High-speed connectivity; specifically, 4G LTE – via AT&T, as it happens – was one of the more significant automotive-related themes at the 2014 Consumer Electronics Show (CES) in Las Vegas.
Audi of America announced a partnership with AT&T that offers U.S. Audi drivers in-vehicle 4G LTE data connectivity. Audi is starting with the 2015 A3 family but plans to extend the capability to its entire lineup.
Chevrolet also announced a high-speed data capability via an OnStar 4G LTE connection in the vehicle running on AT&T’s network, as will Audi’s connection.
Audi said its 4G LTE service on Audi connect will allow faster Google Earth™ and Google Street View enhancements to Audi MMI navigation plus. High-speed connectivity will also provide faster downloads and high-definition video streaming for up to eight devices used by passengers over the in-vehicle Wi-Fi hotspot.
Audi will offer a Mobile Share data plan option to AT&T wireless customers who want to add their car to their existing smartphone or tablet data plan.
An Audi mobile app will allow advanced functionality between the MMI system and smartphones to reduce the need for drivers to handle their devices when accessing some smartphone-based features.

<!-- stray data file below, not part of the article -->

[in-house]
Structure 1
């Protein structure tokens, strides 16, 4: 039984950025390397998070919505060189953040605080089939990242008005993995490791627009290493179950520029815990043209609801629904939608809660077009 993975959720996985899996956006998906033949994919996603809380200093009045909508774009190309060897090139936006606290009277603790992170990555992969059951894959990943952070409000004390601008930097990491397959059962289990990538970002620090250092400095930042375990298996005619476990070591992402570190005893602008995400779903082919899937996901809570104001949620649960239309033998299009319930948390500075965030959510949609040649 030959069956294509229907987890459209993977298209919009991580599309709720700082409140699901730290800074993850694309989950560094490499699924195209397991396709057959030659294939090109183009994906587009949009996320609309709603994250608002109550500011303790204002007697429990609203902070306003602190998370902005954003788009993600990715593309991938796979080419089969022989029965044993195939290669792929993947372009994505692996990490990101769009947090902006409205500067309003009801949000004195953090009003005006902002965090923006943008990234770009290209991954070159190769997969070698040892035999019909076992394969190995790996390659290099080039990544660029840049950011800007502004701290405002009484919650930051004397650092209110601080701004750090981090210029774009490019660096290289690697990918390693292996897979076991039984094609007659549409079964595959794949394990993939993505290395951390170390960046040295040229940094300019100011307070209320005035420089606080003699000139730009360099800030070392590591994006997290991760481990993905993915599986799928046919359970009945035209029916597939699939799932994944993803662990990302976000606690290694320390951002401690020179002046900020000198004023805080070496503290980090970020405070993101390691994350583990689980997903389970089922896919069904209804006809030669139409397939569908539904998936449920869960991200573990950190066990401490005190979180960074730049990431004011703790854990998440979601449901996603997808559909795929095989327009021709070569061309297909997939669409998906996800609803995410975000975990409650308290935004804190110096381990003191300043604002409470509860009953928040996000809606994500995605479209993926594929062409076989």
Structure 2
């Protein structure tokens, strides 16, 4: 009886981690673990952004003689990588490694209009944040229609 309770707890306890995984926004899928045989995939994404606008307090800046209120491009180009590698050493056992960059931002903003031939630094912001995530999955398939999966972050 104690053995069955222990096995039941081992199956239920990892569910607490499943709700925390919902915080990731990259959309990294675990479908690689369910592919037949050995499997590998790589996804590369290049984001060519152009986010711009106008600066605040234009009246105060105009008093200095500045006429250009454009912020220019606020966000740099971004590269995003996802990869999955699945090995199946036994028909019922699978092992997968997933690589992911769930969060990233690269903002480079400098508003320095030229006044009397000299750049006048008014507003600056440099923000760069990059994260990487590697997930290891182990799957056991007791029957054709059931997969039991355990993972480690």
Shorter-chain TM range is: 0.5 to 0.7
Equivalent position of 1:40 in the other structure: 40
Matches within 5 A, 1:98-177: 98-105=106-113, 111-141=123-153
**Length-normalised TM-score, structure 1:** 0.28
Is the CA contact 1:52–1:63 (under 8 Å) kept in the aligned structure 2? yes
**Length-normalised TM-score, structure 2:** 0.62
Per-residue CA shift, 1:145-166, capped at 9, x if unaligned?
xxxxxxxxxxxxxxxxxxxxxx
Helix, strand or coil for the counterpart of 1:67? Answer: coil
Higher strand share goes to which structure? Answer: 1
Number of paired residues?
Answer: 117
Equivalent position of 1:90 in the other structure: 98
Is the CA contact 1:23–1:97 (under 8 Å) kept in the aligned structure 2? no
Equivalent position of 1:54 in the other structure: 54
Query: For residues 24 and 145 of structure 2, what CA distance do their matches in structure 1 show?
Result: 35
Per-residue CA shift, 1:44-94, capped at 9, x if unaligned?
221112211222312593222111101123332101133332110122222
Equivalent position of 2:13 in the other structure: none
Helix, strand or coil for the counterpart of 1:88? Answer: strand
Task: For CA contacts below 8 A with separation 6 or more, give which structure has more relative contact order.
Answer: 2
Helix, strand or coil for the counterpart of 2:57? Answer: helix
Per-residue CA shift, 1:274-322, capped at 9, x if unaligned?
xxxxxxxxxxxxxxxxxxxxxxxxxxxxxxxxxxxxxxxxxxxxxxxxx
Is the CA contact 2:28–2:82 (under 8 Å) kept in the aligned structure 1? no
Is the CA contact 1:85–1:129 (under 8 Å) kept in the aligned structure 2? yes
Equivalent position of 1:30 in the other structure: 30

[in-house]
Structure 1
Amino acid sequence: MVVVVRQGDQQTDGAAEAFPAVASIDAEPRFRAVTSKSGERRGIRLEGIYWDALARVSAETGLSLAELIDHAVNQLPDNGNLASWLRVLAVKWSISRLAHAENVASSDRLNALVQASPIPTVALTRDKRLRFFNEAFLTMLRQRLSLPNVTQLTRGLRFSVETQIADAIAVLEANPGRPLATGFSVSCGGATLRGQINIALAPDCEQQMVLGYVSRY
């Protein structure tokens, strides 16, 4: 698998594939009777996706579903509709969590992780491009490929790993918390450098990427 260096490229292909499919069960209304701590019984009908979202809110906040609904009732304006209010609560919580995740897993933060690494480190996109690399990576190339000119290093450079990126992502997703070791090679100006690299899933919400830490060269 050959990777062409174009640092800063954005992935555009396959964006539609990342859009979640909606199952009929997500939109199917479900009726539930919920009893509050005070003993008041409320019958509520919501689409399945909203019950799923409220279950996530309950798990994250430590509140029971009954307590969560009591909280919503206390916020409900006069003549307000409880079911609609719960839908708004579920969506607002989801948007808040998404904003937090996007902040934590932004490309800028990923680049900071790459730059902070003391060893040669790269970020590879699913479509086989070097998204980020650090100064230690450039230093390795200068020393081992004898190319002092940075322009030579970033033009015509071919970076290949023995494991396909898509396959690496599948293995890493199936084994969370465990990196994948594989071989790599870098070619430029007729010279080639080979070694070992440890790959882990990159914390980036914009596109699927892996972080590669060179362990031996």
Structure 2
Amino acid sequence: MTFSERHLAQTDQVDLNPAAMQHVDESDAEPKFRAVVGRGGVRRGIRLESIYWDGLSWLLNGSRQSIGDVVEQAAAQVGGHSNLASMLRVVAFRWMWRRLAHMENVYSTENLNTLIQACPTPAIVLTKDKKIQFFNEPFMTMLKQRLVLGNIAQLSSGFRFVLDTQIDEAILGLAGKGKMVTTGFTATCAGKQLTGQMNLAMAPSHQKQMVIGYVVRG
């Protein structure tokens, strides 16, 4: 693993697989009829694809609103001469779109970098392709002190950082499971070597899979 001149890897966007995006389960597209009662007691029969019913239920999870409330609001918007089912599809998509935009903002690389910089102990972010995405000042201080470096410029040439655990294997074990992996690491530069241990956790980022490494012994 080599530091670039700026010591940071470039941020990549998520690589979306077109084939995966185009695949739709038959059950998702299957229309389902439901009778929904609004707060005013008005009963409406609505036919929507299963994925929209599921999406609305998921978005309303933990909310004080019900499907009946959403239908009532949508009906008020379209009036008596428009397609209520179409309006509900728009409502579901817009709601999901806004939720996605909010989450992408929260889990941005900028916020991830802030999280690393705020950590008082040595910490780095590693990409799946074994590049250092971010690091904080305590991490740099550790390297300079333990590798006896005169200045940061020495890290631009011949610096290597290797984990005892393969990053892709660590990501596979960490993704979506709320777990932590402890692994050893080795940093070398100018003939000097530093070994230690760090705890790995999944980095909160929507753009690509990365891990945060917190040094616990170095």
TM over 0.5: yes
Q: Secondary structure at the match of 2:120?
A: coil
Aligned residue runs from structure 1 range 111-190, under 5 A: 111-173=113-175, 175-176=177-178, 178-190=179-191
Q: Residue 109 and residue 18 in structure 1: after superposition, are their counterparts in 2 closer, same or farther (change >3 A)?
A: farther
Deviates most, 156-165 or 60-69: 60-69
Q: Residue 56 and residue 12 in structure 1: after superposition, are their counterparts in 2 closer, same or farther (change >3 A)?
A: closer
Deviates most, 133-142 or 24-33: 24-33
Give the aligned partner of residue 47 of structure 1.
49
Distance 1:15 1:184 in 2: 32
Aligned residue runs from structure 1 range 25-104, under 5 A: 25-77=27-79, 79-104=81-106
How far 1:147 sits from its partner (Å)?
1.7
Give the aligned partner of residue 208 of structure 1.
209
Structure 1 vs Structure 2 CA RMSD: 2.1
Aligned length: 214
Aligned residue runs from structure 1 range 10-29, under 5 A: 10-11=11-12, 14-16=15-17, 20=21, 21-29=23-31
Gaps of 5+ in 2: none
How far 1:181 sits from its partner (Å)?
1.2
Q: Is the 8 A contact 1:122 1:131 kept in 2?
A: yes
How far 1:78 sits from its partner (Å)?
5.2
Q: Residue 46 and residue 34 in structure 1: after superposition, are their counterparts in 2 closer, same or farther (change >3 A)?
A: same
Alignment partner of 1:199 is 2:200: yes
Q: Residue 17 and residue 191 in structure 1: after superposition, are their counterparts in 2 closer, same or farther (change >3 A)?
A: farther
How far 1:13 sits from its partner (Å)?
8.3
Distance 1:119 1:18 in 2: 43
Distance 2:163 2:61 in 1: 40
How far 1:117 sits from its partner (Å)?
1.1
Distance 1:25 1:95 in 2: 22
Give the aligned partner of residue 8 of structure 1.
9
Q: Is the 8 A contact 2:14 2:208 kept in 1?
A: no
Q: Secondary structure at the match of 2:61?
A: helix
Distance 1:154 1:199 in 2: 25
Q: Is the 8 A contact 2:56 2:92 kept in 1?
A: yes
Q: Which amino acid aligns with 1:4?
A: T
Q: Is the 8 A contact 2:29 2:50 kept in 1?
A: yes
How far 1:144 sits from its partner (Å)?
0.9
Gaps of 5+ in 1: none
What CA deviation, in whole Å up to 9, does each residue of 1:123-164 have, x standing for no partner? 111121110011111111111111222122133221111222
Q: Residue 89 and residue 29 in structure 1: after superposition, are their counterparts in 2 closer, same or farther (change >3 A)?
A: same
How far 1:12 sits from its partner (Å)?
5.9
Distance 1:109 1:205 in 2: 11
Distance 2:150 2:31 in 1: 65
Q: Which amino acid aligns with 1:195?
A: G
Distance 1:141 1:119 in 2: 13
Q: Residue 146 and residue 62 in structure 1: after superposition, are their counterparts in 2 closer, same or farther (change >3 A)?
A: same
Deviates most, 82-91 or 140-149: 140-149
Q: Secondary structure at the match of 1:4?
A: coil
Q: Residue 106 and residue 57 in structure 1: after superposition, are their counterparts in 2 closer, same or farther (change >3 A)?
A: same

And speaking of smartphone apps in the car, Chevrolet introduced AppShop, which allows a driver or front seat passenger to view all apps available from and for MyLink through an icon displayed on the MyLink screen, then they can download the apps they want directly to the vehicle and organize, update or delete them – just as they could on a smartphone.
Chevrolet notes that AppShop has the potential to the temptation to use a smartphone while driving, though features that require a lot of attention, or require a keyboard, are unavailable while the vehicle is moving.
AppShop will be available this summer on some 2015 models in the U.S. and Canada with MyLink, including the Corvette, Equinox, Impala, Malibu, Volt, Silverado and Silverado HD.
AppShop will benefit from the embedded 4G LTE connection. What possibilities or problems, if any, do you foresee with high-speed connectivity in cars?